I begin to hear voices. As things get more stressful, they grow louder- often only when I am playing Mario World or listening to my Walkman, only when I am alone.
I begin to count even more- stop signs, calories, trees.
We are in the family room- my mom is braiding my hair I blurt “Mom! Something is wrong with me!”
I am tested for schizophrenia, for silent seizures, an MRI for a brain tumor. By the age of 15, I am on Prozac, Valium, and Trazadone. I have a Psychiatrist, a Therapist and a Neurologist. Finally- a diagnosis.
I have Obsessive Compulsive Disorder (OCD) that is triggered by extreme stress. It calms me to organize, to have symmetry, to check doors and ovens. By this point Mom has been in remission for her cancer for the last year. Our house starts to feel like home again. Me on medications, her back to her old self.
Everything is fine. Until it isn’t. Her cancer is back. It has spread. She loses her hair again; she is the color on concrete, her abdomen bloats. She becomes too weak to walk up the stairs; the mouth sores prevent her from speaking. No one prepared us for what a home would look like without a mother. No one prepares you for the emptiness that would replace the embrace.
Everything went dark. I vowed to never have children. I knew it was only a matter of time before I got cancer, died, and left them. The possibility of cancer kept me from desiring children. It loomed over me like a heavy fog. It just could not happen.
And then, I fell in love.
Austin and I got married, we wanted a baby, and finally I want a baby. I feel strong enough, well enough, brave enough. And then something happens. Something huge-traumatic-catastrophic. Pure “O” a term used to refer to “a form of Obsessive Compulsive Disorder marked by repeated, intrusive, uncontrollable thoughts that are not accompanied by outward behavioral compulsions.” Was I going crazy? Was I psychotic? Was I a bad person? I was sick to my stomach- these thoughts were consuming me- I couldn’t eat, I couldn’t sleep. I isolated myself from my friends and family, from my husband. I was terrified of who I was.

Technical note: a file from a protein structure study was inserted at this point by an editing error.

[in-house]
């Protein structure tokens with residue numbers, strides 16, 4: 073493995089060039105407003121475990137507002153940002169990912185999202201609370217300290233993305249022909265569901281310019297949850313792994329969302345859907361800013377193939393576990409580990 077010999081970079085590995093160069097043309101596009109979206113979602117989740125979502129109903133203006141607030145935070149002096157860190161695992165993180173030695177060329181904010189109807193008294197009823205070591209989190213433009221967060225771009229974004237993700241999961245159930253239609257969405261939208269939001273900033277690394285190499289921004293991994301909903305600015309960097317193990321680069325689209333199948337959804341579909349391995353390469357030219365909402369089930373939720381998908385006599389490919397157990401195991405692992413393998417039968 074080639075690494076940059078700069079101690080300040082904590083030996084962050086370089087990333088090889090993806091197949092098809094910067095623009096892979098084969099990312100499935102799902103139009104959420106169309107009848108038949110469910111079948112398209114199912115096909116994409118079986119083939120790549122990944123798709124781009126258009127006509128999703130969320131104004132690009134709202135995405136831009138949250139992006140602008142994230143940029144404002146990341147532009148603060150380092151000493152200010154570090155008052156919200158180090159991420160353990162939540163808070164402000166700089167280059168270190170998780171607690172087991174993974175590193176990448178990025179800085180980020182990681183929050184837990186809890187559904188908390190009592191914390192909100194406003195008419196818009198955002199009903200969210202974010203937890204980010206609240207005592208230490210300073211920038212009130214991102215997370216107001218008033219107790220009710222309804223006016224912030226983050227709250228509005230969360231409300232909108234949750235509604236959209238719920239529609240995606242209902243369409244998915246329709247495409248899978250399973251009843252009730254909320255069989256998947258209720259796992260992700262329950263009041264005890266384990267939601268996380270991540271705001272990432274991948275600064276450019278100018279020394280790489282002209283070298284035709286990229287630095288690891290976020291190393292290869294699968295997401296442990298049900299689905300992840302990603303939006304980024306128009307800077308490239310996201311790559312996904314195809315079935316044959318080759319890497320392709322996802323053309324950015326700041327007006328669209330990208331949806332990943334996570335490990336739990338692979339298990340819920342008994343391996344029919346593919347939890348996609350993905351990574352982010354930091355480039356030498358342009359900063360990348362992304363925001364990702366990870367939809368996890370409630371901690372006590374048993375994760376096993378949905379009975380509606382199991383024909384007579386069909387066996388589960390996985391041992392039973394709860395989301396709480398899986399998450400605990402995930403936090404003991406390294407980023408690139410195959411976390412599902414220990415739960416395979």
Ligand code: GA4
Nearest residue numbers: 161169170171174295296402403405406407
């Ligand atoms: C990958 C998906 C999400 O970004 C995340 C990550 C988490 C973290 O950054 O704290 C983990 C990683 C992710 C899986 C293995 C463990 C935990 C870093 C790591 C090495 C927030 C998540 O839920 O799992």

I worked up the courage to see my doctor- certain that she would send me to a psychiatric hospital.
She didn’t. She calmly said, “Jenni, you have OCD. You need to be on medication.”
At this point I had been on and off medications for 20+ years. Back on meds, back in counseling, back to my normal self (but without all the checking and organizing and terrifying thoughts) back on track- we made the jump.
We created a baby. I had an uneventful pregnancy- I went against my OBs advice (and with the advice of my psychiatrist) and stayed on a high dose of Lexapro. I am too afraid of what might happen if I stop taking it, too afraid of who I will become (again) and what sort of mess I will be postpartum.
Pregnancy was empowering. I felt strong and brave. My delivery was beautiful- perfect, better than I had wished for.
Day 2 we are discharged home. I felt good. Tired, but good.
Baby Liza is asleep in her basinet. Austin helps me take things to the nursery. There we were- suddenly parents. We hug. I see us in the mirror and I felt it. A deep emptiness creeps in. I begin to cry. He did too. Me for my mother and him for his dad who had taken his own life just months before. We wept for the shear fact that we had no idea what we were doing and the people (our “people”) that we would call on were gone. In the following days, I felt more and more alone. I felt off. The only way to put the emotion into words is to describe it like this: I felt small, I felt tiny, I felt helpless. I felt small but not small enough. I wanted to shrink myself to fit in my husband’s shirt pocket. I did not feel capable of doing anything on my own. I didn’t want to be alone. I didn’t want to run away. I just wanted to disappear.